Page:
The acknowledgment number field increments only when data is received. Because the data flow can change directions (such as Host 1 sends data to Host 2 and then Host 2 sends data back to Host 1), the sequence number field on one side of the TCP communication may increment for a while and then stop incrementing. The sequence number field on the other side of the TCP communication will then begin to increment.

The communication sequence example starts with Host 1 sending data and then reverses when Host 2 has data to send. This pattern is typical of two-way communications.

Note. During the TCP startup and teardown sequence, a "phantom byte" causes the sequence number and acknowledgment number fields to increment by 1 even though no data is exchanged. This phantom byte can be confusing when you have just learned that the sequence number field increments only when data is sent.

The next section explains the sliding window, which helps reduce the ping-pong communication style of connection-oriented protocols such as TCP.


TCP communications can send a set of packets without requiring an intervening acknowledgment for each packet sent. This capability is called a window.

The size of the window depends on the following factors:

  • The amount of traffic allowed on the network

  • The amount of TCP buffer space the receiver has advertised

The window will always be the lower of these two values.

Available bandwidth is based on data transferred without error. If a packet is lost in transit, the sender assumes the network is congested. Receiver buffer space, on the other hand, is based on the receiver's side of the communications--that is, on how many buffers the receiver has available.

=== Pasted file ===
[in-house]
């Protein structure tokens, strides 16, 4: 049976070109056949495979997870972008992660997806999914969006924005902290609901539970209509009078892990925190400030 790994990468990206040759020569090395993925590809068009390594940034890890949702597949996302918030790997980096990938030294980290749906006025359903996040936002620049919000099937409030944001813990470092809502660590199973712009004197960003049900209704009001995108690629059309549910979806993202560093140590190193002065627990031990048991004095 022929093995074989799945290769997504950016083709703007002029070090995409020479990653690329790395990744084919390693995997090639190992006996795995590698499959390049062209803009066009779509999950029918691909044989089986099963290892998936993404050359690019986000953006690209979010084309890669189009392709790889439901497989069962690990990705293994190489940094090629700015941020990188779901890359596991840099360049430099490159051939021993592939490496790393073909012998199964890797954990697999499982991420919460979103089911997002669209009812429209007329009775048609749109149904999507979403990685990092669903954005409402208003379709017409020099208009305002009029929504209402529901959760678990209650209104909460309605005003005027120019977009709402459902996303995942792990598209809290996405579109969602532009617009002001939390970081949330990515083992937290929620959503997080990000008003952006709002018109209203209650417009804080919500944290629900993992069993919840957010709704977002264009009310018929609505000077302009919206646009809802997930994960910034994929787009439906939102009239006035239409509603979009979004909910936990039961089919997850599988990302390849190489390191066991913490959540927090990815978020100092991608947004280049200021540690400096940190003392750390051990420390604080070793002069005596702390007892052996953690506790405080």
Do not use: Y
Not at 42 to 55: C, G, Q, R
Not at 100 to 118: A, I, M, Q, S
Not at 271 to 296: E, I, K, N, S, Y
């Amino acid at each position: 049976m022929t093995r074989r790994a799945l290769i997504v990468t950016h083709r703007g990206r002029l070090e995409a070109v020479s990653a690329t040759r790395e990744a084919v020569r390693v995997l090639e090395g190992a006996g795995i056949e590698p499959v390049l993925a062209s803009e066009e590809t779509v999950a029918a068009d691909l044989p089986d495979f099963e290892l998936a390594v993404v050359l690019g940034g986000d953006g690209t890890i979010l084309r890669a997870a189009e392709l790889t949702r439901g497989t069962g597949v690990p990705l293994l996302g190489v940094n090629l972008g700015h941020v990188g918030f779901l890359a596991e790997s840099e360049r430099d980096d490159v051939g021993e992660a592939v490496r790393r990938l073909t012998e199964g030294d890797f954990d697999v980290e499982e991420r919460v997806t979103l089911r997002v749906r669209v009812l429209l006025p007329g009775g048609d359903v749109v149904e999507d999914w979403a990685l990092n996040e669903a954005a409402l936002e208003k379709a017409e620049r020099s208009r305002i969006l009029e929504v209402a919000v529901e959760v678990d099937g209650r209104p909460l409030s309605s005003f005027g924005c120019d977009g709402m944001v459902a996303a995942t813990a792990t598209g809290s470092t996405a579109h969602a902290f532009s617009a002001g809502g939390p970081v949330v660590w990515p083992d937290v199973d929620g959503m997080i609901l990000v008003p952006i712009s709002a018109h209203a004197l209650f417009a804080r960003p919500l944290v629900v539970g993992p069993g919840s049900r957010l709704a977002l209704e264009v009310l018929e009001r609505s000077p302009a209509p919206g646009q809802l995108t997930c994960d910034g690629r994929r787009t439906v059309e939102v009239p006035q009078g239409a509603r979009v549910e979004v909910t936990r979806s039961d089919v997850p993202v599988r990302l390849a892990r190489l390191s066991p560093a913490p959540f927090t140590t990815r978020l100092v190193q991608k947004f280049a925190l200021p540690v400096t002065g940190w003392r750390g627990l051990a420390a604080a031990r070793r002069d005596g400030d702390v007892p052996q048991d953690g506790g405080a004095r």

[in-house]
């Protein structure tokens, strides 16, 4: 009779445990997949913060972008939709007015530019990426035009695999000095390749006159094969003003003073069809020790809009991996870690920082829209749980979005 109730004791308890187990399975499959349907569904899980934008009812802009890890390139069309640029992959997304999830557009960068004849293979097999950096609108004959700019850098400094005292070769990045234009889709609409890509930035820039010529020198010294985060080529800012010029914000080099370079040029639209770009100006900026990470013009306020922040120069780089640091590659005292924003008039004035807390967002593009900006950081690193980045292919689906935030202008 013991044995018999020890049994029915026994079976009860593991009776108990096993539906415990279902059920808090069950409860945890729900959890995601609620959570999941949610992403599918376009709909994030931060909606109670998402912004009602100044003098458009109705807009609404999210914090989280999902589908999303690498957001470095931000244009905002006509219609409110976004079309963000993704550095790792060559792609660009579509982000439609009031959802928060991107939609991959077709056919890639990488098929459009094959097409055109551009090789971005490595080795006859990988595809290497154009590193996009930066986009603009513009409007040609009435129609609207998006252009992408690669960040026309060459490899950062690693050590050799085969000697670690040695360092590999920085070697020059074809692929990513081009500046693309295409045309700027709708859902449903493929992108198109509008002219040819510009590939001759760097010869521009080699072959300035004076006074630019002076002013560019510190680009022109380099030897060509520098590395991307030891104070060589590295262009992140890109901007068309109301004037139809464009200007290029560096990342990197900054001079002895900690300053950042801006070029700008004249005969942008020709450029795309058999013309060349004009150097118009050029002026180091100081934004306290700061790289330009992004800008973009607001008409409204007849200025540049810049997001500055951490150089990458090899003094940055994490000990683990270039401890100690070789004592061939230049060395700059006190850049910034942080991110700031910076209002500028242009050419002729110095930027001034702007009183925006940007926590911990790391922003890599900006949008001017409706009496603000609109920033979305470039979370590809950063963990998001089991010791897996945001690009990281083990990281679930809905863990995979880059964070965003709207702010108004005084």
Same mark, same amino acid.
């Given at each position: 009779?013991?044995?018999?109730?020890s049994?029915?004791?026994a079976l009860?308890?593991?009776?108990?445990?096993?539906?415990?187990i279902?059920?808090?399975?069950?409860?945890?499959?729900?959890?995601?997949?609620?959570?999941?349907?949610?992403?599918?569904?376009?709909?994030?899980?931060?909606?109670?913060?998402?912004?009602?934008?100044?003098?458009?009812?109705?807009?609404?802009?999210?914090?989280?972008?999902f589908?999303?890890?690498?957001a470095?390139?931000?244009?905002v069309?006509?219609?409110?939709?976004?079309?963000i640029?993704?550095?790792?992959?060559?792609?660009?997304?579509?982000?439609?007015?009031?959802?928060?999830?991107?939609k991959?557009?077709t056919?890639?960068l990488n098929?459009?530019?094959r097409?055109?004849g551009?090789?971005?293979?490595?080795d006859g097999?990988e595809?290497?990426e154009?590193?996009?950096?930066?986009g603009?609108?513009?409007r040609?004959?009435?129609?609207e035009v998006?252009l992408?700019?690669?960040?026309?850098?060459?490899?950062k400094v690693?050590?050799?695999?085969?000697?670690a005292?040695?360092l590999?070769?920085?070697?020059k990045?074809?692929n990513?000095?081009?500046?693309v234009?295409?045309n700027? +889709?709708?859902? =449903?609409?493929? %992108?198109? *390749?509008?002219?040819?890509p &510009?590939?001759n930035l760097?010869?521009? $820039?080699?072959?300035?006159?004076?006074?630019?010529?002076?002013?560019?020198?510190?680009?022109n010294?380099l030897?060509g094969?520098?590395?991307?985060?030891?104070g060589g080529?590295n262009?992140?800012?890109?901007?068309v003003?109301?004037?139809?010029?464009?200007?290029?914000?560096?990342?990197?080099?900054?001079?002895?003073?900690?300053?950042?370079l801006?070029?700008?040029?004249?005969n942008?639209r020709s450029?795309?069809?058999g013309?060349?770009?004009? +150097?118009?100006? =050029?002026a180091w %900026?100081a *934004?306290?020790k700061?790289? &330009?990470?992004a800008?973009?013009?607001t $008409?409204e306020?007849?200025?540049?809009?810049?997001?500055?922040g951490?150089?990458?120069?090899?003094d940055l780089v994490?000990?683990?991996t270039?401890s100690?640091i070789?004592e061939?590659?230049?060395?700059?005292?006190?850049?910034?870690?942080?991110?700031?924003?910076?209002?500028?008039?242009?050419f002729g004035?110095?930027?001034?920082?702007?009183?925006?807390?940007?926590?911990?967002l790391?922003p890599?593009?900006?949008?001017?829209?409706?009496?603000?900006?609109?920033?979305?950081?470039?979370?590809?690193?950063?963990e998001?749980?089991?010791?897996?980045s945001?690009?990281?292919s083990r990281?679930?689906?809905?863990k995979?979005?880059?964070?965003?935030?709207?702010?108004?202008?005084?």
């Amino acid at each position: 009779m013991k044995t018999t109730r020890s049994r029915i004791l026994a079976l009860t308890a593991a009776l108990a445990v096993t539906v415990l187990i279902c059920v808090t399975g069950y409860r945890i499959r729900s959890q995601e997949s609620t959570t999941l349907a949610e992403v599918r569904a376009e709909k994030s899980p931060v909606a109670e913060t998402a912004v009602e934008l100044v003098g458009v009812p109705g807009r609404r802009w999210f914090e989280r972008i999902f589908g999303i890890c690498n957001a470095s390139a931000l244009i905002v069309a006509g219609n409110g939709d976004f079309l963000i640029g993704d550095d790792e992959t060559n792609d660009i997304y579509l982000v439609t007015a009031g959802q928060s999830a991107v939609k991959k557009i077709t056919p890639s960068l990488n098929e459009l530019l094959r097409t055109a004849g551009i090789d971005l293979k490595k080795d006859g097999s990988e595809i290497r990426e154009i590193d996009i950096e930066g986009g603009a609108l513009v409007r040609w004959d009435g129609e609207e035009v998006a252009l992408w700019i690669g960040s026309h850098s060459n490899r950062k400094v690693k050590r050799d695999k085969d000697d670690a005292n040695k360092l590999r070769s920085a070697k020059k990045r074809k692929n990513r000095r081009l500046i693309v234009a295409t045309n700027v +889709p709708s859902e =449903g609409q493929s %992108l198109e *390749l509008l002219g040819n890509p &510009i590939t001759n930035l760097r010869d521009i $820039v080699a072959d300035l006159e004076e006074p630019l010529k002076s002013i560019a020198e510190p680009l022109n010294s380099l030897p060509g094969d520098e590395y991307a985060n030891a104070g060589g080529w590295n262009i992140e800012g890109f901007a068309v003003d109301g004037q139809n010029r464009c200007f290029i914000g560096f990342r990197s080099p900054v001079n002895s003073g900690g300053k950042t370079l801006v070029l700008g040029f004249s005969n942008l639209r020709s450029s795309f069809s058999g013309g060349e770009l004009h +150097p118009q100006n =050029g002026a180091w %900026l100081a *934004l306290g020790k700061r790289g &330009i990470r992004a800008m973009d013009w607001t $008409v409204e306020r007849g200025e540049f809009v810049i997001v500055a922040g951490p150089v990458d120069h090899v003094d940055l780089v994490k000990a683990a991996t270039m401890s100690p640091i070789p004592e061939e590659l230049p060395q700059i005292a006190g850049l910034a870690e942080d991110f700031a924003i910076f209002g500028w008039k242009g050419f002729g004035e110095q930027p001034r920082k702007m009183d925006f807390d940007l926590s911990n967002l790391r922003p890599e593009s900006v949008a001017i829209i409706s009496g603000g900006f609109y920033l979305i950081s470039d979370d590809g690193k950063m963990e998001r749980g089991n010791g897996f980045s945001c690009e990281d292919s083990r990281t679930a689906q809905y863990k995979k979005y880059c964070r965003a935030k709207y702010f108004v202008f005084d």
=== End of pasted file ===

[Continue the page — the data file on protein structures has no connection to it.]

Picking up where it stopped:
Figure 3 illustrates how the window moves and works on a set of data packets labeled A through J. As you can see in Figure 3, the data set A+B has already been sent and acknowledged. The current window has sent data set C+D+E+F, and the sender is waiting for an acknowledgment.

The window will now move to the right to send the next data set G+H+I+J. The window continues to slide to the right as acknowledgments are received.

If a receiver's buffer space fills up, that receiver advertises a window of zero (0). When buffer space becomes available again, the receiver sends another packet with the new window size defined. (For more information about the TCP sliding window, read Request for Comments [RFC] 2001. To download this RFC, visit You may also want to read TCP/IP Illustrated, Volume 1: The Protocols by W. Richard Stevens [Addison-Wesley Professional Computing Series] ISBN 0-201-63346-9.)


When you examine TCP-based communications using a protocol analyzer, interpreting the sequence number and the acknowledgment number information can be confusing. Figure 4 illustrates the EtherPeek summary window and provides some pointers on how to interpret the sequence numbers shown.

In Figure 4, I have captured a portion of a data transfer process: Device is sending some data to device The following information is shown in the Plug-in Info column:

S = [sequence number] L = [length after the TCP header] A = [acknowledgment number] W = [advertised window size]

Just by looking at the length field, you can see which way the data is flowing. Packets 2, 3, 4, 6, 7, 9, and 10 contain data from device The sequence number values are indicated on the right, and the arrows depict the correlation between acknowledgments and their acknowledged packets.

You may notice that the final packets shown indicate that device has run out of buffer space--it has advertised a window of zero (0). After the application takes some of the data out of the receiver's buffer, the receiver advertises a larger window.

If you want to check out TCP sequencing and sliding windows on your company's network, try capturing and analyzing an FTP file transfer or HTTP web browsing session. It's helpful to know what is happening during these FTP and HTTP communication sessions.

For more information about TCP communications, read Advanced Network Analysis by Laura Chappell, which is available as part of a four-book CD set. You can order this CD set online through

Laura Chappell is the Senior Protocol Analyst for the Protocol Analysis Institute. She has recently announced a hands-on network analysis workshop in Zurich, Switzerland on June 27-30 and an analysis course in Manchester, England in Q4 2001. For more information about these workshops, visit

* Originally published in Novell Connection Magazine


The origin of this information may be internal or external to Novell. While Novell makes all reasonable efforts to verify this information, Novell does not make explicit or implied claims to its validity.